Sheridan Memorial Receives Funding to Confront Cardiac Threat from COVID-19

The highlight of May at Sheridan Memorial Hospital was the hospital reopening. (Courtesy photo)

Sheridan Memorial Hospital is among hospitals in five states that will receive funds intended to save the lives of COVID-19 patients and protect the frontline healthcare workers caring for them.

The Leona M. and Harry B. Helmsley Charitable Trust has announced a $4.7 million grant across five upper-midwestern states to pay for LUCAS mechanical CPR devices that will be deployed to hospitals caring for patients during the pandemic and beyond.

Two of the mechanical chest-compression devices will be purchased for Sheridan Memorial Hospital.

Walter Panzirer, a trustee for the Helmsley Charitable Trust, said LUCAS has been a proven, effective tool for saving lives during cardiac arrest. He said the devices will protect the frontline healthcare workers from exposure while they’re trying to save a patient, by providing mechanical CPR in place of the hands-on CPR that’s otherwise required.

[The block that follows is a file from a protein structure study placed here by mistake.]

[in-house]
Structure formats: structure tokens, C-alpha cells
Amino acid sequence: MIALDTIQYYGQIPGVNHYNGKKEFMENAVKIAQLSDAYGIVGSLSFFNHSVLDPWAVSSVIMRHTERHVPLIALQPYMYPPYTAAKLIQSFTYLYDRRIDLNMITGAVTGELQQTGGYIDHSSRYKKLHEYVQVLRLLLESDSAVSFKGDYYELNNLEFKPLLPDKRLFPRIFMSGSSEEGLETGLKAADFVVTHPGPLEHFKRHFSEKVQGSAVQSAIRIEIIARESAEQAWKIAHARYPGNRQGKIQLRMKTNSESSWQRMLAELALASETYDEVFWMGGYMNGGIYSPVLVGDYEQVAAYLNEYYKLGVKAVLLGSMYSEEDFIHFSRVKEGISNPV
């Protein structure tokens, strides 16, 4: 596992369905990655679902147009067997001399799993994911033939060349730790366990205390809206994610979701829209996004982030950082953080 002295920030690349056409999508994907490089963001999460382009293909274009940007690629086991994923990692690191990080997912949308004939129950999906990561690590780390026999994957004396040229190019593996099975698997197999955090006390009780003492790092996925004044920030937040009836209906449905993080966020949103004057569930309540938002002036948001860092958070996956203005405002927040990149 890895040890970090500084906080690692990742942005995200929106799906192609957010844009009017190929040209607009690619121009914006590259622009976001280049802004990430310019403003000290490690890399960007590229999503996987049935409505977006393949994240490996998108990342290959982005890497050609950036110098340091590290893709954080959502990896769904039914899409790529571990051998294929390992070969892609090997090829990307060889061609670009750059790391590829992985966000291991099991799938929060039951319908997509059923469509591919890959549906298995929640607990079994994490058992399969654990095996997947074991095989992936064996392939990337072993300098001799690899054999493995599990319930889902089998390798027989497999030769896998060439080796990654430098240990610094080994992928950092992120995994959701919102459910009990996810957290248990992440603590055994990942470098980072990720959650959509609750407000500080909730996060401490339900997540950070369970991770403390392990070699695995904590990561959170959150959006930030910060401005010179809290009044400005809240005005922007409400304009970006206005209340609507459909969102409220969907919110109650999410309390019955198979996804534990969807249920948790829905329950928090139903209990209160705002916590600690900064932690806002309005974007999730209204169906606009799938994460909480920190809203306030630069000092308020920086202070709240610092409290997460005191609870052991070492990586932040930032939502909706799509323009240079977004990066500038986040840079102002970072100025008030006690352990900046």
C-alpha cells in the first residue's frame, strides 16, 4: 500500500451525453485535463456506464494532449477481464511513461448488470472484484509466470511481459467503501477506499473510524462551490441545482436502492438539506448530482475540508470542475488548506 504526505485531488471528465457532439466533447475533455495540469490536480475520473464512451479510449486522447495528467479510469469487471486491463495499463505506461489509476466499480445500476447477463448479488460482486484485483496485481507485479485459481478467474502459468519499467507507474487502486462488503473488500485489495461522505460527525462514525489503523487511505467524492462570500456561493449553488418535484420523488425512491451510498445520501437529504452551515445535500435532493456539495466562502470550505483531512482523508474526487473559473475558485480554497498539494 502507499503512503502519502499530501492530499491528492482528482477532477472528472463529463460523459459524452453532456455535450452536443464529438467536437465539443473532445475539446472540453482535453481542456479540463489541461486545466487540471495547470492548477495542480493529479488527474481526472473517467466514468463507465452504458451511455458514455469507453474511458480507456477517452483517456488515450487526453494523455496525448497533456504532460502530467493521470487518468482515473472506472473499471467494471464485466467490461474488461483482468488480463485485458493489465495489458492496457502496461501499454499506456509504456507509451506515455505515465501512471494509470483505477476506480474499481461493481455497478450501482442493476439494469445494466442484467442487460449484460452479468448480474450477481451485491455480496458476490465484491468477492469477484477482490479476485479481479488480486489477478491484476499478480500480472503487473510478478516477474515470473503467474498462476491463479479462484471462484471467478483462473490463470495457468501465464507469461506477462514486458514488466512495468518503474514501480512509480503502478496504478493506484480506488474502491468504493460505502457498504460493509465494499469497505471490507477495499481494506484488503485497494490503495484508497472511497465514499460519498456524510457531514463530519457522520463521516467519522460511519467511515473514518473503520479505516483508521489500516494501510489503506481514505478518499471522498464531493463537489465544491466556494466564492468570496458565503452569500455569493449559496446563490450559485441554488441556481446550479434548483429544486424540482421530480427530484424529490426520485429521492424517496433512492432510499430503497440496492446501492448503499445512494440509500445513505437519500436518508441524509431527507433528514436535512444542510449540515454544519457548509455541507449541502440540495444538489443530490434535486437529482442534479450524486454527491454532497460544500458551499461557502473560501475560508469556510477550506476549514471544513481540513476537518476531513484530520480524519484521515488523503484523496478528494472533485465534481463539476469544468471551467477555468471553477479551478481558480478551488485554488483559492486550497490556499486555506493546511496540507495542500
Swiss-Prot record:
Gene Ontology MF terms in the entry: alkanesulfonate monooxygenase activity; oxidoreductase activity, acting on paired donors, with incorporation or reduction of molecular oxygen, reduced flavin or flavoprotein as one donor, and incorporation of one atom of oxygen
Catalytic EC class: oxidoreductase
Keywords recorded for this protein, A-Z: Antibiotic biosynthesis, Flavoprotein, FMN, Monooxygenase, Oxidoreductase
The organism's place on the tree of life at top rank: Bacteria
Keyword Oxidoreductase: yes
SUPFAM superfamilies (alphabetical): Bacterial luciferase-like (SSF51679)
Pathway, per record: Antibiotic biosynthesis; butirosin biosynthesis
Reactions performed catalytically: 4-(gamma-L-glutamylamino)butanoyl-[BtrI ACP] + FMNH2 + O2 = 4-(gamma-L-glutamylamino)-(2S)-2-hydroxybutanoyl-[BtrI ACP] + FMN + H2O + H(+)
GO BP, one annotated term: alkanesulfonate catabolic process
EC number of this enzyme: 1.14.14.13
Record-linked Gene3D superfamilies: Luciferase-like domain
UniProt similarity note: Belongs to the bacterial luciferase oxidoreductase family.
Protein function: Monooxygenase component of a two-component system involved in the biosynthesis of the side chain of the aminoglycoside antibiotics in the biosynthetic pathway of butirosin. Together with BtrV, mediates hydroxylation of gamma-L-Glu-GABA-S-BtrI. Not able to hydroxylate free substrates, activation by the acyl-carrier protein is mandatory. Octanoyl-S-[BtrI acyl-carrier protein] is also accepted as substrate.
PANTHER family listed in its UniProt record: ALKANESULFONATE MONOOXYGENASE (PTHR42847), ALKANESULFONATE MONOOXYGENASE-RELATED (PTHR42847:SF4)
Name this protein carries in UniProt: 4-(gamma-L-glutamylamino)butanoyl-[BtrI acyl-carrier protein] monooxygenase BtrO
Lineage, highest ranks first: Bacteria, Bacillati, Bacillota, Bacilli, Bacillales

Research has shown cardiac damage in as many as one in five COVID-19 patients, leading to heart failure and death even among those who show no signs of respiratory distress. Among patients who recover, many could have long-term effects from such heart damage.

Ada Kirven, who’s director of donor relations for the Sheridan Memorial Hospital Foundation, said the Helmsley Trust is a remarkable resource for rural healthcare and the community hospital, adding that contributions such as this make an immense difference.

The Helmsley Charitable Trust is partnering with medical facilities in South Dakota, North Dakota, Montana and Nebraska as well as Wyoming to ensure the LUCAS devices are in place before the peak of COVID-19 hits.

The devices will remain in place after the pandemic as part of the hospital’s system of cardiac care.



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